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Thread: May 25. This Date in Boxing History: An Infamous Fight Begets a Famous Photograph

  1. #1
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    May 25. This Date in Boxing History: An Infamous Fight Begets a Famous Photograph

    Owing to advances in satellite communications, the second Ali-Liston fight was beamed to a larger audience than any sporting event before it. The telecast originated at a schoolboy hockey rink in Lewiston, Maine, one of many oddments that barnacled this famously odd fight.

    The bout, which came to fruition on May 25, 1965, was originally headed to Boston. The district attorney objected, raising questions about the suitability of the promoters and the moral fitness of the contestants, and he got his wish. Eighteen days before the appointed date, the rematch was uprooted to Lewiston.

    That a blue-collar city of 45,000 came to host an event of international importance spoke to the importance of closed circuit television. Ninety percent of the revenue was expected to come off-site, regardless of where the event was held.

    The fight itself, a huge disappointment, lasted a mere 132 seconds, or thereabouts. Suffice it to say that referee Jersey Joe Walcott and the timekeeper, a local man in his late 60's, were not in sync.

    Few fights have been as hashed over. The undying questions are whether the knockout punch was legitimate and, if not, what motivated Sonny Liston to go in the tank.

    The consensus among boxing experts is that Liston was discomposed by an honest punch. As Jose Torres noted, a punch delivered without great force can still be devastating if the recipient doesn't see it coming. However, there are plenty of folks who will always believe that the outcome was predetermined and that Sonny seized the moment when biffed with the first blow that stung, folding his tent without further delay. (Check out the "phantom punch" on YouTube and draw your own conclusion.)

    Paul Gallender, the author of "Sonny Liston: The Real Story Behind the Ali-Liston Fights," offers up more fodder for those inclined toward the conspiracy angle. In his book, released last year, Gallender says that Liston was ordered to throw the fight by members of the Black Muslim community who held his wife and adopted son hostage to ensure his compliance.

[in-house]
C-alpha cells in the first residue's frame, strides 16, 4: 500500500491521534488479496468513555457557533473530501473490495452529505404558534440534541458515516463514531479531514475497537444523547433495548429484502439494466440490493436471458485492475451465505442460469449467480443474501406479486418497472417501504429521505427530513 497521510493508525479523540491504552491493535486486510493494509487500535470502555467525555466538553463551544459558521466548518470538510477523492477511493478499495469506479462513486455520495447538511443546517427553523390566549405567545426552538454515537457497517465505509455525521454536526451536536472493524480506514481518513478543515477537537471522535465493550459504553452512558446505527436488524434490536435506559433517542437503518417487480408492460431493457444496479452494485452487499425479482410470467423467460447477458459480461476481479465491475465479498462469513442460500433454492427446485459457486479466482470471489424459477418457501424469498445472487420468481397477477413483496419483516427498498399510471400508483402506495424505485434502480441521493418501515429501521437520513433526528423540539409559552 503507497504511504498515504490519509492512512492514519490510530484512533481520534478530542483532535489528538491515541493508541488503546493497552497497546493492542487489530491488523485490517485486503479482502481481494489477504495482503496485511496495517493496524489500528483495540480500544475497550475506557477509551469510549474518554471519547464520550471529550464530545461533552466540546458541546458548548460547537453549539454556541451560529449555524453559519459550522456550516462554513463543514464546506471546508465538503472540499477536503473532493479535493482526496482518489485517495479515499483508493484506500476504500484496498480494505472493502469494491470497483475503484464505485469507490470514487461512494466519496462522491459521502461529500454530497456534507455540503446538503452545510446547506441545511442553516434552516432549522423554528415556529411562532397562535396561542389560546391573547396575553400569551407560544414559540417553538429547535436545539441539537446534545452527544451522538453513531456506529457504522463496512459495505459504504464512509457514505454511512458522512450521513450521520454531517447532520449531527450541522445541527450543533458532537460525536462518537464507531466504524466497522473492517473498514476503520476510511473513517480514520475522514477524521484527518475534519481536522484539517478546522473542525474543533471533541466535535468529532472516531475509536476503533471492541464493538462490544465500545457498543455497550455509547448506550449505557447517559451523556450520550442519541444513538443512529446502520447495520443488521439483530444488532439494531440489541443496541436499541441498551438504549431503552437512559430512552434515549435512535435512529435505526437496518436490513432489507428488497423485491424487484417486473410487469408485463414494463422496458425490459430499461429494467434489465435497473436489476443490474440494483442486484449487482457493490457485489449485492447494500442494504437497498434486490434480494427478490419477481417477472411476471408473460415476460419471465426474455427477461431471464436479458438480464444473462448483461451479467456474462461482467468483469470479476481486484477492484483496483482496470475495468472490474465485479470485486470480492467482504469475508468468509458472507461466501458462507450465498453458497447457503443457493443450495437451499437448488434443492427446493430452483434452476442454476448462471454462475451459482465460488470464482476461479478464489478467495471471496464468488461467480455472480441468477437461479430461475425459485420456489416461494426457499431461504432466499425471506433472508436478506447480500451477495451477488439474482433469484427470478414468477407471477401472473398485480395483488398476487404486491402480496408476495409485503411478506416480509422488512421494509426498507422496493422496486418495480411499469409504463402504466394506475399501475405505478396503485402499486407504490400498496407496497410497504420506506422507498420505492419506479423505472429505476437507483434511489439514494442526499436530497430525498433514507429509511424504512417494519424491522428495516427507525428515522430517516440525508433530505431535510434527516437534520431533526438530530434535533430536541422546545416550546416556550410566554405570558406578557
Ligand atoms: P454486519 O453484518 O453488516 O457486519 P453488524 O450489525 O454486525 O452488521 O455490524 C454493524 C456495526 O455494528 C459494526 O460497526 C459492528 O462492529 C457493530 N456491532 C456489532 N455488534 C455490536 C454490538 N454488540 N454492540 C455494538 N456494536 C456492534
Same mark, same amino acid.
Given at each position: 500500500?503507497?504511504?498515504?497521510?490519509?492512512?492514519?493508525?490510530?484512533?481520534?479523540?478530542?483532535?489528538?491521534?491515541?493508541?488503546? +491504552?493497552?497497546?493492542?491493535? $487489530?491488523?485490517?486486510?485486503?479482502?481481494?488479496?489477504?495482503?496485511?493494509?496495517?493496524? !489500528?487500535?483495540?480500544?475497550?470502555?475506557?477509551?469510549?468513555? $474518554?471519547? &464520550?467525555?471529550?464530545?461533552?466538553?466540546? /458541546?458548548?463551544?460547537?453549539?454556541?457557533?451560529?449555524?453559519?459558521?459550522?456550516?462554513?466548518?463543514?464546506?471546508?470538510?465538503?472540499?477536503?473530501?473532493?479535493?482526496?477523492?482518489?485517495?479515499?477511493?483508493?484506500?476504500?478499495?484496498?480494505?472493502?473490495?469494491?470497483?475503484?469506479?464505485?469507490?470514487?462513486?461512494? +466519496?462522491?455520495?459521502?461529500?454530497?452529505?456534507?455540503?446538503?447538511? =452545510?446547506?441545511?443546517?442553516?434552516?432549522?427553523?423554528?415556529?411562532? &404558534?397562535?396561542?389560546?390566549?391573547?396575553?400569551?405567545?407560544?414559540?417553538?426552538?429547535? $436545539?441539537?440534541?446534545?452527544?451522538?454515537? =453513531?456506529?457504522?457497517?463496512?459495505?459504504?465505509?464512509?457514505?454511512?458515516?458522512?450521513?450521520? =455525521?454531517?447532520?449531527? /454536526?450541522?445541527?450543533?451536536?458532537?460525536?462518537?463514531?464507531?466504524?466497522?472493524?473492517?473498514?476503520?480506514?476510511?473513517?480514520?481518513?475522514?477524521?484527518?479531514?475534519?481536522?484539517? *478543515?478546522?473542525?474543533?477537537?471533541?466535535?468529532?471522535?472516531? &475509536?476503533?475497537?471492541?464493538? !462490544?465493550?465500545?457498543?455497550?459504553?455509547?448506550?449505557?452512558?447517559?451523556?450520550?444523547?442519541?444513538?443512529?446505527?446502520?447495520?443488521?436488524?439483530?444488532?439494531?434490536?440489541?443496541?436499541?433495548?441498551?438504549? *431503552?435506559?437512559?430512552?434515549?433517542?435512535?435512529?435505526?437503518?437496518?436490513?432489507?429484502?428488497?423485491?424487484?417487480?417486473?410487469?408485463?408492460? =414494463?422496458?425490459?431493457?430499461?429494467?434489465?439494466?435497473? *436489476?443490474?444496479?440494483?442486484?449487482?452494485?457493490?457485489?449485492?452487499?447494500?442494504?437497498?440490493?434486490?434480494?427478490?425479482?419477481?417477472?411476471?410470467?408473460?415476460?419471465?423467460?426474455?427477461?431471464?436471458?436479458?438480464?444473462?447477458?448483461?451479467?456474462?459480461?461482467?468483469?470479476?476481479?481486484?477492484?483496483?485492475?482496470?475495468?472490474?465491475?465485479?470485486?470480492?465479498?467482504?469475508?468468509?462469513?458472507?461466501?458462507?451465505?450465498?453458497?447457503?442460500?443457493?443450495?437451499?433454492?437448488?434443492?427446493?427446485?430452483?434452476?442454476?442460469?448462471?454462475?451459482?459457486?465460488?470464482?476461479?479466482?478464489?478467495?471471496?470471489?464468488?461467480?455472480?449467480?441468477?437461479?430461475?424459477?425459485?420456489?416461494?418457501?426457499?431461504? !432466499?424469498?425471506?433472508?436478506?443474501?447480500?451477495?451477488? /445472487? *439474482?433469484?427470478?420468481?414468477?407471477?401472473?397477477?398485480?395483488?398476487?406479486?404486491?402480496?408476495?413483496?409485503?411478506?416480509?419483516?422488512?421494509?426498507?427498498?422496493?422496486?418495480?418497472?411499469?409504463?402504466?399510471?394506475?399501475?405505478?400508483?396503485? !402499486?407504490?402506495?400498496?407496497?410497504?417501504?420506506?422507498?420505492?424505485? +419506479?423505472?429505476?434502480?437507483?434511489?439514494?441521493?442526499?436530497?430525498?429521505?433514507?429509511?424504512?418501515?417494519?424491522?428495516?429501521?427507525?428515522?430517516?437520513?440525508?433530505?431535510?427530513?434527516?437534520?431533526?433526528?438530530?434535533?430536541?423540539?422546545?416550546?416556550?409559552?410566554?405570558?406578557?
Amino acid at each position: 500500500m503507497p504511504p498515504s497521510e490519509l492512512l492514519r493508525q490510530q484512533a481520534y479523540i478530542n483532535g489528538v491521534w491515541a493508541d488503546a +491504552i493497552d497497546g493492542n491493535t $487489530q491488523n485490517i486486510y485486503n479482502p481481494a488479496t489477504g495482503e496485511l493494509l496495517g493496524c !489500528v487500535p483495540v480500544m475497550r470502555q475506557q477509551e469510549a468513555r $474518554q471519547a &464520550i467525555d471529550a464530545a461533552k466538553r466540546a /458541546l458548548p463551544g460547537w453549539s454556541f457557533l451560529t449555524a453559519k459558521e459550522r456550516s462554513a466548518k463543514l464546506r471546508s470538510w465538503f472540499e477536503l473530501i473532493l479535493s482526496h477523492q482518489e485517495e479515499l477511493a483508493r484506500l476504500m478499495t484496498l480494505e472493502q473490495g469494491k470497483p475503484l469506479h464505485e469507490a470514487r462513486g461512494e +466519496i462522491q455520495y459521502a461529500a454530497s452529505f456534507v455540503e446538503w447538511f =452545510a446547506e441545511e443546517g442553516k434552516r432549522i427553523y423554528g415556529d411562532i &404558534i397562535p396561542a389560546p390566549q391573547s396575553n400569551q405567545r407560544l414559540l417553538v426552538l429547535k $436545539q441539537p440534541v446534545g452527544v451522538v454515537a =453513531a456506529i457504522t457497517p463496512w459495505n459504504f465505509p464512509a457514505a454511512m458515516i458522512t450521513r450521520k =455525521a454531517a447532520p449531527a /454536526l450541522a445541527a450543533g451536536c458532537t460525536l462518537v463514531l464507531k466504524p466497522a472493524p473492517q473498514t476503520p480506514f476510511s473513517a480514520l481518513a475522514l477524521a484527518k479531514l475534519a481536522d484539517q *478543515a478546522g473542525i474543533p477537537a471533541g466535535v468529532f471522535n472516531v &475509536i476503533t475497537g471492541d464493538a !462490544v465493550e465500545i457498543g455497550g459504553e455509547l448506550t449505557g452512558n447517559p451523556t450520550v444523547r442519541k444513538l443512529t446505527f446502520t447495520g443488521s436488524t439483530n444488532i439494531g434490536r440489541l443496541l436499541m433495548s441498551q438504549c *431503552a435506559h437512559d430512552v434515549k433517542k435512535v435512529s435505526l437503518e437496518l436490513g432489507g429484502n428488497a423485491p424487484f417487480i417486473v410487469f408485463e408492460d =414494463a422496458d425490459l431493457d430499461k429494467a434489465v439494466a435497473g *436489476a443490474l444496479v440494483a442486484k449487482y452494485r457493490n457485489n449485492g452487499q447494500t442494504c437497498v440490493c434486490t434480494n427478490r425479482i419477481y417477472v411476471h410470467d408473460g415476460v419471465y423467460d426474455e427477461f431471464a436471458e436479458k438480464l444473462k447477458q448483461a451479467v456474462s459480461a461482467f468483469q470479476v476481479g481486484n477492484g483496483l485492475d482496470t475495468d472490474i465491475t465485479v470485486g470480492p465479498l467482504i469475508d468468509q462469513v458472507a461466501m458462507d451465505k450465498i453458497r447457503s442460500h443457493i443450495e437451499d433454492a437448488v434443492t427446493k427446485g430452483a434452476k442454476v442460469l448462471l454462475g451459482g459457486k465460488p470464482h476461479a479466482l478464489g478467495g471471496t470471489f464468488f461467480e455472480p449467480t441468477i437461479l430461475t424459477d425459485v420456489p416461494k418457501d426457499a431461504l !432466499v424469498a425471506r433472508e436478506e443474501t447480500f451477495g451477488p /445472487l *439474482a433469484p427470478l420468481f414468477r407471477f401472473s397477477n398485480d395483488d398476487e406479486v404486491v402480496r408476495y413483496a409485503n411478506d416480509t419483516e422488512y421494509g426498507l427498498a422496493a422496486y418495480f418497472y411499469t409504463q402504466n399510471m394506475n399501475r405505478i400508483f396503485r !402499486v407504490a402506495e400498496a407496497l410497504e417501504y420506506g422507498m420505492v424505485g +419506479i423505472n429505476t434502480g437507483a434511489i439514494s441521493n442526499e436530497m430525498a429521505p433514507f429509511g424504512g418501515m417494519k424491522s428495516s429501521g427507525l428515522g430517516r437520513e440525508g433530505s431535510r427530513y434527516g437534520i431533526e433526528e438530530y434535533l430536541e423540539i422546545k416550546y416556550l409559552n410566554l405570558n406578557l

Be that as it may, the fight was an odious affair that ignited another fruitless crusade for a federal boxing commission. An Illinois congressman called for a federal investigation of the fight and asked for a moratorium on heavyweight title fights until the panel had completed the study.

    How odd, in retrospect, that such a messed-up promotion could yield such a perfectly executed photograph. The indelible image of Ali standing over Liston captured Muhammad Ali the way that many people want to remember him -- "strength, confidence, and braggadocio," in the words of renowned photojournalist Neil Leifer, the man behind the camera.

  2. #2
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    Re: May 25. This Date in Boxing History: An Infamous Fight Begets a Famous Photograph

    Nice work, ArneK! You beat me to it. I was going to holla about that shot heard around the world back there in da day in 1964. Hulkquez hit Da Manny with a similar shot in 2012. And everybodee and dey momma believed it.

    But there is doubt and super-weak acception about GOAT Ali's KAYO of "Night Train" Liston because of HATE! And there is strong acception and gladness of Hulkquez KAYO of "PacMan" because of HATE!

    Dat bytch HATE never quit dancing. And won't call a spade a spade. I guess stupidity and hatred are so nutcase made. Holla!

  3. #3
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    Re: May 25. This Date in Boxing History: An Infamous Fight Begets a Famous Photograph

    Yo Radam- off topic- what's happening with Tommy Morrison? I keep hearing the dude is near death's door but there's no news source confirming this. Do you have a clue?

  4. #4
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    Re: May 25. This Date in Boxing History: An Infamous Fight Begets a Famous Photograph

    I often see the nephew of the late, great actor Marian Morrison/John Wayne at casinos in California and Arizona. He is always talking about making a boxing comeback, and says he's defeated HIV/AIDS. If the grim reaper snacks him up any time soon, I'd be shock. T -- as I call him -- would tell you that reports of him being near death's door are greatly exaggerated. Holla!

  5. #5
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    Re: May 25. This Date in Boxing History: An Infamous Fight Begets a Famous Photograph

    Woah, that's nice (and a little surprising) to hear. The last couple of years all manner of rumours have been making the rounds- in fact on some other boxing board where people claim to be in contact with his wife he is in an ICU somewhere. I know the guy is headstrong and for years has not only denied being HIV positive but even disputed the existence of the virus. I hope he is doing well as you say; he doesn't do himself any favours with his attitude to life however.

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